Omicron as ‘trangkaso’
We are witnessing the continued unfolding of a pandemic like never before, with today’s technologies allowing not just the identification of the virus but the tracking of its genetic mutations and consequent variations—not to mention real-time epidemiological data (albeit incomplete and imperfect) from the barangay to the global level.
Even the ability to diagnose the virus through RT-PCR or antigen tests and develop, distribute, and administer COVID-19 vaccines to billions are technological breakthroughs that are unprecedented in their speed and scale.
In contrast, during the 1918-1919 flu pandemic, people only relied on their symptoms; by its very definition, asymptomatic cases were impossible to detect.
This reminds me a bit of family history that my uncle Lorenz thankfully managed to document: When my great-great-grandfather Silvestre Diaz, who worked as a mounted policeman in San Pablo City, died of what was likely the flu in 1918, the skin manifestations must have led our great-grandfather Miguel to refer to it as bulutong.
We need not go that far back: As late as the SARS outbreak in 2003, the diagnosis was clinical, necessitating a panel of experts, because back then, RT-PCR was such a prohibitively-expensive procedure.
Today’s technologies notwithstanding, long-standing popular ways to diagnose and treat illness continue to matter—in ways that contradict or complement public health advice.
We are seeing this during the ongoing Omicron surge in the Philippines, with people quickly diagnosing themselves as having “trangkaso.” Indeed, the symptoms of Omicron—cough, colds, sore throat, fever, headache—are basically the same symptoms of trangkaso, which is to be expected because trangkaso itself is a generic term for flu and flu-like, mostly viral illnesses.
Interestingly but unsurprisingly, past viral outbreaks were also referred to by Filipinos (alongside people in other former or present Hispanophone countries) as trangkaso or trancazo. The root word is tranca, meaning bar or a rod; trancazo thus evokes the feeling of being beaten by one.
One Spanish writer reported it as an epithet for what appears to be dengue outbreaks in 1865 and 1867, and it was also used in the Philippines and Mexico to refer to the 1918-1919 flu pandemic (see Gealogo, 2009; Gómez-Dantés, 2020).
What’s interesting is that Omicron’s legibility as trangkaso—a familiar illness—meant that people feel empowered to act on it by themselves, and we are seeing long-standing practices, like taking paracetamol, vitamin C, or even antibiotics like amoxicillin and, more recently, azithromycin (kudos to “medical influencers” like Arshie Larga—@Arshiethromycin—for warning against these in social media). Aside from taking medicines, these practices also include drinking kalamansi and pineapple juice; salabat, or even (as my grandfather Basilio believes), just plain hot water; people often embrace these products and practices based on what is hiyang for them (see Hardon, 1992; Tan, 1999).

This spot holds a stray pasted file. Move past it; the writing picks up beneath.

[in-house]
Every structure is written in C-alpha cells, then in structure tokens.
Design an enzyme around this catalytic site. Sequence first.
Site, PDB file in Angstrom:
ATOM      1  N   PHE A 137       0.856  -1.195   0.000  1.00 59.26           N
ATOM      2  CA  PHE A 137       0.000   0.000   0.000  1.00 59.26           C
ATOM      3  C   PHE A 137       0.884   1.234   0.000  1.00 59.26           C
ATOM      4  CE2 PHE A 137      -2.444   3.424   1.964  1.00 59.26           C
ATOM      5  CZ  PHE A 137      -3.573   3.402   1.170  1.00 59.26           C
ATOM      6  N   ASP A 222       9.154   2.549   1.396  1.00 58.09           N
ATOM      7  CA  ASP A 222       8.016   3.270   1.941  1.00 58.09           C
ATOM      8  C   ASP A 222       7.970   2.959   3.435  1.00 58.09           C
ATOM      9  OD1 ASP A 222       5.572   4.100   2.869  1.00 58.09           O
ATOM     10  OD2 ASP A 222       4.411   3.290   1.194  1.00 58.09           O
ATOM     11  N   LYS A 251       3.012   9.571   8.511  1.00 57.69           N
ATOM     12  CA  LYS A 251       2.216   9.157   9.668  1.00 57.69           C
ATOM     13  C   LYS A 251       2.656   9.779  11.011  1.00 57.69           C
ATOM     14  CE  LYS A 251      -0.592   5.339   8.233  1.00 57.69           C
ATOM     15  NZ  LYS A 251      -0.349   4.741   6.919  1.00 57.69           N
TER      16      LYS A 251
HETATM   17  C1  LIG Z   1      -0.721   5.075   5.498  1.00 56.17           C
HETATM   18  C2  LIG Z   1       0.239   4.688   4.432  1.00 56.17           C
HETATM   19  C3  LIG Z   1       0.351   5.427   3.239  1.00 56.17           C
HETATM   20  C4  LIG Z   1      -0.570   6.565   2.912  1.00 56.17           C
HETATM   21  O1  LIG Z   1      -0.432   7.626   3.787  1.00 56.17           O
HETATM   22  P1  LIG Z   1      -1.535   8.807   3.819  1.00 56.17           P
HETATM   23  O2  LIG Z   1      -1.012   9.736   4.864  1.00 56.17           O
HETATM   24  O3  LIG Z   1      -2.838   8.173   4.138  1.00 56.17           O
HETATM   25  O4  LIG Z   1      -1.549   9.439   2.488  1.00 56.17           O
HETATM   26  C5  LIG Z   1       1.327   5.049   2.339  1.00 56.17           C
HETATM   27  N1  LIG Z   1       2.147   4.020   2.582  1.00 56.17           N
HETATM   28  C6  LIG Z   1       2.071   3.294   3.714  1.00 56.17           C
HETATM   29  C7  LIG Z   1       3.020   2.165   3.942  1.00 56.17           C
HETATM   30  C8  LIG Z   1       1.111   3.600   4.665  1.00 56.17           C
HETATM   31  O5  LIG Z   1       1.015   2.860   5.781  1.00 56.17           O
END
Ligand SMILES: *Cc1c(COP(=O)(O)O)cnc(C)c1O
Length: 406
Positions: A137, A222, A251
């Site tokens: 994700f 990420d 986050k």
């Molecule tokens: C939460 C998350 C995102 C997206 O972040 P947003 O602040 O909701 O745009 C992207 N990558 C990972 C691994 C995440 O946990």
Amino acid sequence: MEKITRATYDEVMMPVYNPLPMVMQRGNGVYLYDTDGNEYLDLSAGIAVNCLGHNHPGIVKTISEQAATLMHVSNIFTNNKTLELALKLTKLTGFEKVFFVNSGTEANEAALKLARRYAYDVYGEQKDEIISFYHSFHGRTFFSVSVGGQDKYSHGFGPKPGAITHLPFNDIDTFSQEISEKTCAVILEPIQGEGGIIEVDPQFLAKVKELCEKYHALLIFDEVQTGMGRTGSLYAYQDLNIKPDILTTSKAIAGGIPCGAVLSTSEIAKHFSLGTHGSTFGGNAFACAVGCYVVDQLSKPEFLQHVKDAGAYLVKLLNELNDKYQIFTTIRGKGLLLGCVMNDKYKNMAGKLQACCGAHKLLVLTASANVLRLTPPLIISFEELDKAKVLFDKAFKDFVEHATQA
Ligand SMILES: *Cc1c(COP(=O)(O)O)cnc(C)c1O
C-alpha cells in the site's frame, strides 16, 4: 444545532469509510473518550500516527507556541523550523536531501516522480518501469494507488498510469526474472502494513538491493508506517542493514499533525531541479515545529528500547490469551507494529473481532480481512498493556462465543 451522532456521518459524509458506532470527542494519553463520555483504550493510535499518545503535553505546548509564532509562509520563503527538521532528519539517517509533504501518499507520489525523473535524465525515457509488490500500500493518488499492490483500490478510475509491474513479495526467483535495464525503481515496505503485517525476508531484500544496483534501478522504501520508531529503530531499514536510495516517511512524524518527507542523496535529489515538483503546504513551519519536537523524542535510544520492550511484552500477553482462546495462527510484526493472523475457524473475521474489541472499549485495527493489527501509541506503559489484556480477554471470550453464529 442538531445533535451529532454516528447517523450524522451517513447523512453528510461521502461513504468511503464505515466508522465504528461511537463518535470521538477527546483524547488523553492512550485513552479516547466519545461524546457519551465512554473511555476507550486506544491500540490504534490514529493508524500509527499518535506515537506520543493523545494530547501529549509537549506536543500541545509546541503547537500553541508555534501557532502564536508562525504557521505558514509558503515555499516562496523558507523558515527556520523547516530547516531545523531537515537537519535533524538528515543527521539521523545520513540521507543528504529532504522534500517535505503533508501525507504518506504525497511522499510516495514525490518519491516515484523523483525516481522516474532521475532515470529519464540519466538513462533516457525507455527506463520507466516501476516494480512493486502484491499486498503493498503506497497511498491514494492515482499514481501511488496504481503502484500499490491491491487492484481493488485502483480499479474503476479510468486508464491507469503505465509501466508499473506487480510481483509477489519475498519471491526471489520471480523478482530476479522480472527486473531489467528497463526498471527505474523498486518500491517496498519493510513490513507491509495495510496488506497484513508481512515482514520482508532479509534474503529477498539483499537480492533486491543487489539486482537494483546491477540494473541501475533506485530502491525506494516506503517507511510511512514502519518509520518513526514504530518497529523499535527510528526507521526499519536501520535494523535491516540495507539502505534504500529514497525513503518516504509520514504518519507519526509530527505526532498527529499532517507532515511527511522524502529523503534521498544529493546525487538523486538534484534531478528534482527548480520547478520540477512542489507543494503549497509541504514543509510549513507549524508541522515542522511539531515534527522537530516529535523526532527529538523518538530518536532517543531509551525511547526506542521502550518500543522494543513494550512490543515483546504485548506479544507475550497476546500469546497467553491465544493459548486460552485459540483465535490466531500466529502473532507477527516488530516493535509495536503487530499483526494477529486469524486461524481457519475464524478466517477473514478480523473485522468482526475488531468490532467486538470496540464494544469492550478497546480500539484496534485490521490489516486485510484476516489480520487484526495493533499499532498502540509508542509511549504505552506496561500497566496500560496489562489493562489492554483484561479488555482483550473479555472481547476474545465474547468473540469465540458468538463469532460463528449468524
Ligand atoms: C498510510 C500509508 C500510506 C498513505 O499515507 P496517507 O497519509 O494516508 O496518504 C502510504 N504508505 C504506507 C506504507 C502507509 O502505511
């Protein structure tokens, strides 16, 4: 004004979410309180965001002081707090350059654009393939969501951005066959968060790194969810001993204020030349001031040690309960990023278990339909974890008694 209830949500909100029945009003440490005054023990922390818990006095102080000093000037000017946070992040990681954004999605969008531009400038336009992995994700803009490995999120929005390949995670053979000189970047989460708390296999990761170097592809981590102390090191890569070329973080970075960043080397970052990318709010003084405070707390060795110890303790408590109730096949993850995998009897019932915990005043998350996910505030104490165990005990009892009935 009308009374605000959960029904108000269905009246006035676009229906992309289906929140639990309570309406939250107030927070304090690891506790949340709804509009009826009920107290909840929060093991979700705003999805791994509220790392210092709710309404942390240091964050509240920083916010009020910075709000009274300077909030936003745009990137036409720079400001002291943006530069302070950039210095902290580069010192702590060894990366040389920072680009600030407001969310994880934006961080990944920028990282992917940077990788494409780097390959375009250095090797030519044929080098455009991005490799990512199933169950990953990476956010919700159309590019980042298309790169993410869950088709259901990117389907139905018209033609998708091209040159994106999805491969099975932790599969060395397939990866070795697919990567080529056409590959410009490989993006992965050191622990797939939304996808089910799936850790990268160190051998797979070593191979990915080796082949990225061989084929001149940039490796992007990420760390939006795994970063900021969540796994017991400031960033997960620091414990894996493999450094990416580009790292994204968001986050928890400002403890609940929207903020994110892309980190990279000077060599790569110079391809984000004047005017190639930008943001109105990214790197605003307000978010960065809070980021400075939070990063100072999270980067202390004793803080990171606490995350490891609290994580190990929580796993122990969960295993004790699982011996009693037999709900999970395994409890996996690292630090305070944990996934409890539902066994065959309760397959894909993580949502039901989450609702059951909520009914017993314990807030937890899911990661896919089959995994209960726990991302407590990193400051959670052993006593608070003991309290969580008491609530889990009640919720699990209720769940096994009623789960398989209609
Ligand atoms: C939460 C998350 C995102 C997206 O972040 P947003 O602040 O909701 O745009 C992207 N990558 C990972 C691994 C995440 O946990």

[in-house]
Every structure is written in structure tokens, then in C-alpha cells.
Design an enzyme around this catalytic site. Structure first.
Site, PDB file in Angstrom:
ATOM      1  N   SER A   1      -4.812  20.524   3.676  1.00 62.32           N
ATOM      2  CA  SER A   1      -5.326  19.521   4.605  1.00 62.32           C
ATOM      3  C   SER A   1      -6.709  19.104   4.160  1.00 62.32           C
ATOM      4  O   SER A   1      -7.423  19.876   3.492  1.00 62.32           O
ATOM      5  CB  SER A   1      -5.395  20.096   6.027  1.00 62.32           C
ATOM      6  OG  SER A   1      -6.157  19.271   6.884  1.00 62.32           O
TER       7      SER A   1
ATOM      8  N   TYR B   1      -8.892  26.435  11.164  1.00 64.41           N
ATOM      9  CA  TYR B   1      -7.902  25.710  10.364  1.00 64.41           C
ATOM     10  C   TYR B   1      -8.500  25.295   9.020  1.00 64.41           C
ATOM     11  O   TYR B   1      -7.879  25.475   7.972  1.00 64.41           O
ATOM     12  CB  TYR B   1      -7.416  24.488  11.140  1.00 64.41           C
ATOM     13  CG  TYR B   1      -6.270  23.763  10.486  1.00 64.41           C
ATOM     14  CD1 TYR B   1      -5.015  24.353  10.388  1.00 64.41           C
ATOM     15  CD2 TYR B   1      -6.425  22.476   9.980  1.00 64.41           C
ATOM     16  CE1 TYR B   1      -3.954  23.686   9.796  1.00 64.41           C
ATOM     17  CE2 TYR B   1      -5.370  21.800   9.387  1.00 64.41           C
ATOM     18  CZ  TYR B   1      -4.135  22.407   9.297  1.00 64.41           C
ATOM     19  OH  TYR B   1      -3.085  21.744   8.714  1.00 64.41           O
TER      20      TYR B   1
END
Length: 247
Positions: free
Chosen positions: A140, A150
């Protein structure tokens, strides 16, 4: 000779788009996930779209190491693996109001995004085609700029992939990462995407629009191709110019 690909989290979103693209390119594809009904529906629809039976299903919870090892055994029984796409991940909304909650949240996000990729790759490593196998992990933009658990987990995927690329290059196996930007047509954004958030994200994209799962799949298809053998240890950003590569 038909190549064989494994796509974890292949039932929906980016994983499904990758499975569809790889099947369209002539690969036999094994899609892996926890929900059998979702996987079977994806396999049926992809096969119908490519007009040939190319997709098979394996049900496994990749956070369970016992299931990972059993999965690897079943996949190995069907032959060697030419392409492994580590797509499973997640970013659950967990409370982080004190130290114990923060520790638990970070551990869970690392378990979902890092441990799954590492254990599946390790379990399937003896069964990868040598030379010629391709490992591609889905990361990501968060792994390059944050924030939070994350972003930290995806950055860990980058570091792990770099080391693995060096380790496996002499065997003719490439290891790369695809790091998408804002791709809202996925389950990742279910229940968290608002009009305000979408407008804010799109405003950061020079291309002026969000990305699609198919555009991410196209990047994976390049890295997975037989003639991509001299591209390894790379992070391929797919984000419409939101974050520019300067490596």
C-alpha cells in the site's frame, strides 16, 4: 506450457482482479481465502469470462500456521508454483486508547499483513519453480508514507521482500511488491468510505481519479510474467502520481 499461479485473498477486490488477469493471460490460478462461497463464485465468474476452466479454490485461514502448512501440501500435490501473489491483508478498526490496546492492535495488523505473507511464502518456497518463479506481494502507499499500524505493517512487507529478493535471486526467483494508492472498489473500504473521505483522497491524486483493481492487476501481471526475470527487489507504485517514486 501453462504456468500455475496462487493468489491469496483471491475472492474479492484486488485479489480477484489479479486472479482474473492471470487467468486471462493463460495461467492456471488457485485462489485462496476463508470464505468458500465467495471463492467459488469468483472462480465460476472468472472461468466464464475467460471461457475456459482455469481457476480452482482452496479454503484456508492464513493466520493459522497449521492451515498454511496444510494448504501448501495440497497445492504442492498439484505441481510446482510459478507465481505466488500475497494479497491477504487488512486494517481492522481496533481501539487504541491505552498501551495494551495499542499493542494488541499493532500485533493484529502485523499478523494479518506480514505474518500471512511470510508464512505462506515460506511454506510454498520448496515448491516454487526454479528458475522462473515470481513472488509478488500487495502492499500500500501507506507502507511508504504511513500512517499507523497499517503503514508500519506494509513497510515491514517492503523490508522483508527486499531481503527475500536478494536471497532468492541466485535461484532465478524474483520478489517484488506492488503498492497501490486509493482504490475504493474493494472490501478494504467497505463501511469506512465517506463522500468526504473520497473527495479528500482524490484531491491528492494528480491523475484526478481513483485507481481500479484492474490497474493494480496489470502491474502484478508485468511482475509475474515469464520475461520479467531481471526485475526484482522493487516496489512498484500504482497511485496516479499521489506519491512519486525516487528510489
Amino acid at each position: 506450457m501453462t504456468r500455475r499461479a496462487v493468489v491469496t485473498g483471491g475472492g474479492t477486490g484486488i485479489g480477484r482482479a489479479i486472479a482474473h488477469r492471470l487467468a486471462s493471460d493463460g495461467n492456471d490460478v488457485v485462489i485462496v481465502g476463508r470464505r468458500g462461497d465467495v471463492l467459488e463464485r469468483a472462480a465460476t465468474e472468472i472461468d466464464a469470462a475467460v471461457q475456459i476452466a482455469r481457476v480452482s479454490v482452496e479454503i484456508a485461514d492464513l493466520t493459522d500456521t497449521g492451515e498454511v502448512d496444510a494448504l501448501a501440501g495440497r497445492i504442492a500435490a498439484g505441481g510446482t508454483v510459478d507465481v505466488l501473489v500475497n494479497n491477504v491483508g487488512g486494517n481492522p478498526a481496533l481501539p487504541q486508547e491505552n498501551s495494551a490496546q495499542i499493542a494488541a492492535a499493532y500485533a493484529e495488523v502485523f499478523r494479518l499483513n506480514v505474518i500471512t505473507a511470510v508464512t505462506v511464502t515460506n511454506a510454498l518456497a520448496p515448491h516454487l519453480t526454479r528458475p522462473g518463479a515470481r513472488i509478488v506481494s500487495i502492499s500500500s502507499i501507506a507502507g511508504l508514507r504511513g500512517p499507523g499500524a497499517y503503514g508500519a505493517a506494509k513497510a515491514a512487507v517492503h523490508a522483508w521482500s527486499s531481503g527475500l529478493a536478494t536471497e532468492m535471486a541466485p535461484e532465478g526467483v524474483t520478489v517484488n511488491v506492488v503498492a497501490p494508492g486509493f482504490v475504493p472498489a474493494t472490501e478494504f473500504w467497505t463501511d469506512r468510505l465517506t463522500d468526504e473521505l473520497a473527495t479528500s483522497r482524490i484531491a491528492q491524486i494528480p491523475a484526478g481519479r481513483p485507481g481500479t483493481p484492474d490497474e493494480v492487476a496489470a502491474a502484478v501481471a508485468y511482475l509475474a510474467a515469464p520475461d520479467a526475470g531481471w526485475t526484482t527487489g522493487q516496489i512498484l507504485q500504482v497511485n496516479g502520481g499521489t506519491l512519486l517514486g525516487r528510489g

Such perceived familiarity can contribute to people’s decisions not to get tested, thinking that they already know what illness they have, especially on top of knowing the cost and implications (sometimes bizarre, often inconvenient) of testing positive in the Philippines. People are also likely to do their own “contact tracing” on the basis of who got the symptoms first within one’s close relations; even without biomedical guidance, people understand trangkaso to be nakakahawa (i.e., contagious).
People’s self-care practices can diverge from medical advice, but it can also align or even borrow from it. Aside from the healthy diet and high fluid intake that people resort to when faced with trangkaso, this might be the moment when mask-wearing becomes part of people’s default responses not just for COVID as we know it, but for trangkaso in general and even cough and colds—in the same way that 20th-century epidemics habituated the Japanese to mask-wearing.
Given people’s propensity to act on their own health concerns, I would not be surprised if self-testing would be embraced by many—if only such kits were more widely available. If there’s one thing we can learn about medical anthropology, it is that people do not just want to get cured, they also want to understand what’s going on in their bodies.
Indeed, without the risk of stigma, discrimination, and unreasonable costs, people will test and treat themselves—if only the government were to enable them to do so.
The Inquirer Foundation supports our healthcare frontliners and is still accepting cash donations to be deposited at Banco de Oro (BDO) current account #007960018860 or donate through PayMaya using this link .
Subscribe to INQUIRER PLUS to get access to The Philippine Daily Inquirer & other 70+ titles, share up to 5 gadgets, listen to the news, download as early as 4am & share articles on social media. Call 896 6000.